Another famous and relatively complex indicator will be discussed in this article. It is a contrarian oscillator that is best used in ranging markets. I am of course talking about the Relative Vigor Index. In this article, we will present the fundamentals and how to code it.

I have released a new book after the success of my previous one “*Trend Following Strategies in Python*”. It features advanced contrarian indicators and strategies with a **GitHub **page dedicated to the continuously updated code. If you feel that this interests you, feel free to visit the below Amazon link (which contains a sample), or if you prefer to buy the PDF version, you could check the link at the end of the article.

**Contrarian Trading Strategies in Python***Amazon.com: Contrarian Trading Strategies in Python: 9798434008075: Kaabar, Sofien: Books*www.amazon.com

### The Building Blocks

The Relative Vigor Index is composed of many building blocks, namely the totality of OHLC data and moving averages. It seeks to measure the strength of the trend by comparing the ranges between the open/close and high/low values. It is an unbounded indicator that oscillates around the zero line with many strategies possible to be formed using it, namely divergences and crosses.

The numerator line of the Relative Vigor can be calculated this way:

**Calculate the current difference between the closing and opening price. Let’s call this variable A.****Calculate the difference between the current closing price and the opening price from one period ago. Let’s call this variable B. Multiply the result by 2.****Calculate the difference between the current closing price and the opening price two periods ago. Let’s call this variable C. Multiply the result by 2.****Calculate the difference between the current closing price and the opening price three periods ago. Let’s call this variable D.**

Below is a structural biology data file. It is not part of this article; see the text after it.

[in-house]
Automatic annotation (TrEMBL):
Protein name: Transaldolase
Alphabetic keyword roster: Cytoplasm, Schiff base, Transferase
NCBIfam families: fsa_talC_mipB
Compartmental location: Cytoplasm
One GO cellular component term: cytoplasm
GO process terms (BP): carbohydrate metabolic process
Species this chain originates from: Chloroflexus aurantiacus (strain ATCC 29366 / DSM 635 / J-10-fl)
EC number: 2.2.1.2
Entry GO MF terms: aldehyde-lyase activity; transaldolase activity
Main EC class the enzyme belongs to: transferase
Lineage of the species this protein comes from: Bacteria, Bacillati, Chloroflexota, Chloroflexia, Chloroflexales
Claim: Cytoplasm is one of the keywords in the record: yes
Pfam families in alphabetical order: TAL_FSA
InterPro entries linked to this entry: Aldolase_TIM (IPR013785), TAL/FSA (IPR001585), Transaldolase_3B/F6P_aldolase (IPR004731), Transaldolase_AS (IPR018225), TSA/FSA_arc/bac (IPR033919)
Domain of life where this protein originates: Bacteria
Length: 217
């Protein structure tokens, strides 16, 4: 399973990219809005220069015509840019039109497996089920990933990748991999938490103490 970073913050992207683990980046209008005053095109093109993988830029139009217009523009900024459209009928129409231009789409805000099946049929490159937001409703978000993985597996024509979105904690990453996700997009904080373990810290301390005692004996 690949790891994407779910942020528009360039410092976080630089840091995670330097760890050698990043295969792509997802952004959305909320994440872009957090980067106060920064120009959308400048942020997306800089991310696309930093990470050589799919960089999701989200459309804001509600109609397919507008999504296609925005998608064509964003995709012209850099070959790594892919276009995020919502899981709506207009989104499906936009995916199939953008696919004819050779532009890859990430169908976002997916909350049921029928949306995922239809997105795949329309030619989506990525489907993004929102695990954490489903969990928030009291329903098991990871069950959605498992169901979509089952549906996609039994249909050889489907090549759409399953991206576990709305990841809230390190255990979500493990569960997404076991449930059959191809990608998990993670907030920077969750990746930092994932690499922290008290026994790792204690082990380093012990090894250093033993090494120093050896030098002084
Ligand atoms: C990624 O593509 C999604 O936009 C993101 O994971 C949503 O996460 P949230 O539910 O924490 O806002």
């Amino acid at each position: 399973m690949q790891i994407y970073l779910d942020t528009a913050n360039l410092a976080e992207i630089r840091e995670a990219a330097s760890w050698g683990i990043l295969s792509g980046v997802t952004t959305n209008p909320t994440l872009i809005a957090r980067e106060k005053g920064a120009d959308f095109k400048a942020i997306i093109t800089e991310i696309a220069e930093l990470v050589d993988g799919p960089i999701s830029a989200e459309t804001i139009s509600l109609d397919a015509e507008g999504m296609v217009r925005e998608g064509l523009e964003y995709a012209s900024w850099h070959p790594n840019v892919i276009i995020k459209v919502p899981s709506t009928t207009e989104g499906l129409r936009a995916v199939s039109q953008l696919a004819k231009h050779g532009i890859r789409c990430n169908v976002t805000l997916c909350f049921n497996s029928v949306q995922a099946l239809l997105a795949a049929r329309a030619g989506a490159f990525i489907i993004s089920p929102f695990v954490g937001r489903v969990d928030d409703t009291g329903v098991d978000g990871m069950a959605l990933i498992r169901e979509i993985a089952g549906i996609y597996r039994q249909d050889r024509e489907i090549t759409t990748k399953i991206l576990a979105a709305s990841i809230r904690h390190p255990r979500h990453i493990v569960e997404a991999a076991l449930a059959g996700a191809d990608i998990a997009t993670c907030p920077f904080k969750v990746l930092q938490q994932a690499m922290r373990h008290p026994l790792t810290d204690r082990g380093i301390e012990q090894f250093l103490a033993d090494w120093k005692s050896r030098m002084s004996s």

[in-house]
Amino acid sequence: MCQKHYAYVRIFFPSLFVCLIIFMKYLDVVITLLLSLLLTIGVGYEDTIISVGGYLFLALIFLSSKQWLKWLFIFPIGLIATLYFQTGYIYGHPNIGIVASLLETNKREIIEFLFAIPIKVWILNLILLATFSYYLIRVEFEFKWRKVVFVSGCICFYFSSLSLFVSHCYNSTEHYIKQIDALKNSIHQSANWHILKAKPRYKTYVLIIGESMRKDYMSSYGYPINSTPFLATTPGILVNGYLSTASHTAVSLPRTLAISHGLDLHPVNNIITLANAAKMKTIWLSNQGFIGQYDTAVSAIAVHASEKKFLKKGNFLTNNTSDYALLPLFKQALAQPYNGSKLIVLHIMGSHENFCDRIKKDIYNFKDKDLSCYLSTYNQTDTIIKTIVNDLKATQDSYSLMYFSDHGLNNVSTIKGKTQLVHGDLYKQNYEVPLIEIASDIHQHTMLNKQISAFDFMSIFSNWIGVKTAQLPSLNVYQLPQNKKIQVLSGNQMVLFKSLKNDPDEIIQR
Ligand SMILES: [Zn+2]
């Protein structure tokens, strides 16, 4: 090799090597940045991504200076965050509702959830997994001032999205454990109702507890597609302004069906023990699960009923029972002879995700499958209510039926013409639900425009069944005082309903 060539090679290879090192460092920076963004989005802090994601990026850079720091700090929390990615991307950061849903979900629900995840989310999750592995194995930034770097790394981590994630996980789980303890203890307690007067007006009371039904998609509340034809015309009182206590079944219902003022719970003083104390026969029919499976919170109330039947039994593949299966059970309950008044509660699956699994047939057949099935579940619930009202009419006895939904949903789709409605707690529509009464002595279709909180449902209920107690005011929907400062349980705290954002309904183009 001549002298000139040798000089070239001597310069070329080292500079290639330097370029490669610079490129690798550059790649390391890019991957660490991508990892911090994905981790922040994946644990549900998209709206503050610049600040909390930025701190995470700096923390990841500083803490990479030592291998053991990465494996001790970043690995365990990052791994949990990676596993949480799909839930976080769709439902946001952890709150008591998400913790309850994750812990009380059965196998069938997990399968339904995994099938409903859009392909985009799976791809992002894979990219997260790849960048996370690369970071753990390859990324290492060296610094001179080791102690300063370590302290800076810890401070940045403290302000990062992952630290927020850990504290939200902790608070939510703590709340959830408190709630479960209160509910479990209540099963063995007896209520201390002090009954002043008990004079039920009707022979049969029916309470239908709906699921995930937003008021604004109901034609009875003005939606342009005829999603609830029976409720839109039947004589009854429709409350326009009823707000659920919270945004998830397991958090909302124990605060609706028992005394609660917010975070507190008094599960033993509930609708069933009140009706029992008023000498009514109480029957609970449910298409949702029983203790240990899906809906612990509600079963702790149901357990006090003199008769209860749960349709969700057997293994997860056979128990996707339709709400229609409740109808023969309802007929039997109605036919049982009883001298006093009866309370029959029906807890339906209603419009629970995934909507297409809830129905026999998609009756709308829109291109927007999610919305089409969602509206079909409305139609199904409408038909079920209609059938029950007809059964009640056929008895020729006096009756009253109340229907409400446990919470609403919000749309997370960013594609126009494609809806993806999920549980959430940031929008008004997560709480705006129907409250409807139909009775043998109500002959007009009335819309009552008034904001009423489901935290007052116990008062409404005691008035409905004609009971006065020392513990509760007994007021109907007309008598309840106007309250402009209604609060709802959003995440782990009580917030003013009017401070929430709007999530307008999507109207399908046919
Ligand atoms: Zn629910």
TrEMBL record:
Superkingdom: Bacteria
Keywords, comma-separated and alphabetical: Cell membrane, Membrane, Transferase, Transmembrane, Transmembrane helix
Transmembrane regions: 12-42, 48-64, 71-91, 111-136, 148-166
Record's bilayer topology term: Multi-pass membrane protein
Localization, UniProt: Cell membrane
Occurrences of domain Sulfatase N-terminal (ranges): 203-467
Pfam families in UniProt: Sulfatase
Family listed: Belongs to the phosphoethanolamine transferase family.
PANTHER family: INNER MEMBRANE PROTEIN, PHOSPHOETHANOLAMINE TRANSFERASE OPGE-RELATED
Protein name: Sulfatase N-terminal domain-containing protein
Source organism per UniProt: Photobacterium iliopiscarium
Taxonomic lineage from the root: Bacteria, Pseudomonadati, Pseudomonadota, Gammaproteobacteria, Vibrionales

The denominator line of the Relative Vigor can be calculated this way:

**Calculate the current difference between the high and low price. Let’s call this variable E.****Calculate the difference between the current high price and the low price one period ago. Let’s call this variable F. Multiply the result by 2.****Calculate the difference between the current high price and the low price two periods ago. Let’s call this variable G. Multiply the result by 2.****Calculate the difference between the current high price and the low price three periods ago. Let’s call this variable H.**

The formula for the Relative Vigor Index is as follows:

We can see that it is some form of a smoothed ratio between the range of the close/open and high/low. As it is unbounded, it is often accompanied by a signal line derived from its calculation as follows:

To code the indicator, we need an OHLC array and write the following syntax.

```
# The function to add a number of columns inside an array
def adder(Data, times):
for i in range(1, times + 1):
new_col = np.zeros((len(Data), 1), dtype = float)
Data = np.append(Data, new_col, axis = 1)
return Data
```

```
# The function to delete a number of columns starting from an index
def deleter(Data, index, times):
for i in range(1, times + 1):
Data = np.delete(Data, index, axis = 1)
return Data
# The function to delete a number of rows from the beginning
def jump(Data, jump):
Data = Data[jump:, ]
return Data
```

```
# Example of adding 3 empty columns to an array
my_ohlc_array = adder(my_ohlc_array, 3)
```

```
# Example of deleting the 2 columns after the column indexed at 3
my_ohlc_array = deleter(my_ohlc_array, 3, 2)
```

```
# Example of deleting the first 20 rows
my_ohlc_array = jump(my_ohlc_array, 20)
```

`# Remember, OHLC is an abbreviation of Open, High, Low, and Close and it refers to the standard historical data file`

```
def ma(Data, lookback, close, where):
Data = adder(Data, 1)
for i in range(len(Data)):
try:
Data[i, where] = (Data[i - lookback + 1:i + 1, close].mean())
except IndexError:
pass
# Cleaning
Data = jump(Data, lookback)
return Data
```

`def rvi(Data, lookback, opening, high, low, close, where):`